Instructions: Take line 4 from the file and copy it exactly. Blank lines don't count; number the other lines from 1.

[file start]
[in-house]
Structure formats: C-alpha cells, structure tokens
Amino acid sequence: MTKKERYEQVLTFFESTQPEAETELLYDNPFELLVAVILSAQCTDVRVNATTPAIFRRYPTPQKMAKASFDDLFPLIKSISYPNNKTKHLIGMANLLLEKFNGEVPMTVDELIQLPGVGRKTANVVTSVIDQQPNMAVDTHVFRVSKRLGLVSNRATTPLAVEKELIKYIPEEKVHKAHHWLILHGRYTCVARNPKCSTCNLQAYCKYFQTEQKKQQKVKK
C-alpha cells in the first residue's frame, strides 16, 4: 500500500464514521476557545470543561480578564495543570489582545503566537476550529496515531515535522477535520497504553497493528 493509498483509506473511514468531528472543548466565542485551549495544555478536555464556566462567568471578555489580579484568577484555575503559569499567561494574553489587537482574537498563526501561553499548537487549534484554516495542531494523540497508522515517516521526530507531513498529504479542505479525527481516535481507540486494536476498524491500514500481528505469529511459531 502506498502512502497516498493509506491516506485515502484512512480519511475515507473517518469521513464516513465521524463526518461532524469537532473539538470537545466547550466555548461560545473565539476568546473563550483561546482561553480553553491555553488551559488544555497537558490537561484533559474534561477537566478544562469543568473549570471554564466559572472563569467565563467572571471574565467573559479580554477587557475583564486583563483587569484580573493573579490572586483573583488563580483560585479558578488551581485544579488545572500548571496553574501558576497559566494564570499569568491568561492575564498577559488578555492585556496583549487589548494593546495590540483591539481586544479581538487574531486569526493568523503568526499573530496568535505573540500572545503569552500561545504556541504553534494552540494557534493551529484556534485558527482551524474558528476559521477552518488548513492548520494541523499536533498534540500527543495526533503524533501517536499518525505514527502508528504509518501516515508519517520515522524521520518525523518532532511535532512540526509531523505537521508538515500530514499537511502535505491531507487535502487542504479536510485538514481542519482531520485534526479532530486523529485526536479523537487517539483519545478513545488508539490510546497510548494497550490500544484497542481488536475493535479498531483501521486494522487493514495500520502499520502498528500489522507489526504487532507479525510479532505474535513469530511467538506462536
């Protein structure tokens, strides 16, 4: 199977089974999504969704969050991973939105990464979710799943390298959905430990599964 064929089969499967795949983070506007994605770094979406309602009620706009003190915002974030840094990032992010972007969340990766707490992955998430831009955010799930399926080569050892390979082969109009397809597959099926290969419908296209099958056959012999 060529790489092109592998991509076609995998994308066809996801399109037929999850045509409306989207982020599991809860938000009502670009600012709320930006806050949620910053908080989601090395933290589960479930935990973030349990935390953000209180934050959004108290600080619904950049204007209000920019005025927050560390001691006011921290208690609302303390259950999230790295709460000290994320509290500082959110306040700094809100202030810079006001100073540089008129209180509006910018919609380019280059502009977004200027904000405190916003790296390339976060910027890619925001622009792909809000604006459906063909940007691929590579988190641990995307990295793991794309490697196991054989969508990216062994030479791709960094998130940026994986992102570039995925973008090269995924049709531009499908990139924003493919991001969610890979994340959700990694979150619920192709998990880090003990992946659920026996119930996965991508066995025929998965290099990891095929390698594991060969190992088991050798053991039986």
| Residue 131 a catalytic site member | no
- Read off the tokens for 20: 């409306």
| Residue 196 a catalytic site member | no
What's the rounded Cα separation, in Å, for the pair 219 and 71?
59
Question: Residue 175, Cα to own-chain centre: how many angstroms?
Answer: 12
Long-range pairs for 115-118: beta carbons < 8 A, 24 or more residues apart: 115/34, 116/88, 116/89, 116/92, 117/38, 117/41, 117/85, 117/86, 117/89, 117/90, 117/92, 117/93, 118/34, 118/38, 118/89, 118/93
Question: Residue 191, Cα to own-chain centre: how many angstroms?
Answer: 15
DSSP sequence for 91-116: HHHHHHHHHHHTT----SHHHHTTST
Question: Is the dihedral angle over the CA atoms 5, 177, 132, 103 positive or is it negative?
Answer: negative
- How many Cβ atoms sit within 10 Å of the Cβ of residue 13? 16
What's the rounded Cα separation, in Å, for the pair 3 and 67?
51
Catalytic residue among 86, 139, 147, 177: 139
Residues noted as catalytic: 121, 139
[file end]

C-alpha cells in the first residue's frame, strides 16, 4: 500500500464514521476557545470543561480578564495543570489582545503566537476550529496515531515535522477535520497504553497493528 493509498483509506473511514468531528472543548466565542485551549495544555478536555464556566462567568471578555489580579484568577484555575503559569499567561494574553489587537482574537498563526501561553499548537487549534484554516495542531494523540497508522515517516521526530507531513498529504479542505479525527481516535481507540486494536476498524491500514500481528505469529511459531 502506498502512502497516498493509506491516506485515502484512512480519511475515507473517518469521513464516513465521524463526518461532524469537532473539538470537545466547550466555548461560545473565539476568546473563550483561546482561553480553553491555553488551559488544555497537558490537561484533559474534561477537566478544562469543568473549570471554564466559572472563569467565563467572571471574565467573559479580554477587557475583564486583563483587569484580573493573579490572586483573583488563580483560585479558578488551581485544579488545572500548571496553574501558576497559566494564570499569568491568561492575564498577559488578555492585556496583549487589548494593546495590540483591539481586544479581538487574531486569526493568523503568526499573530496568535505573540500572545503569552500561545504556541504553534494552540494557534493551529484556534485558527482551524474558528476559521477552518488548513492548520494541523499536533498534540500527543495526533503524533501517536499518525505514527502508528504509518501516515508519517520515522524521520518525523518532532511535532512540526509531523505537521508538515500530514499537511502535505491531507487535502487542504479536510485538514481542519482531520485534526479532530486523529485526536479523537487517539483519545478513545488508539490510546497510548494497550490500544484497542481488536475493535479498531483501521486494522487493514495500520502499520502498528500489522507489526504487532507479525510479532505474535513469530511467538506462536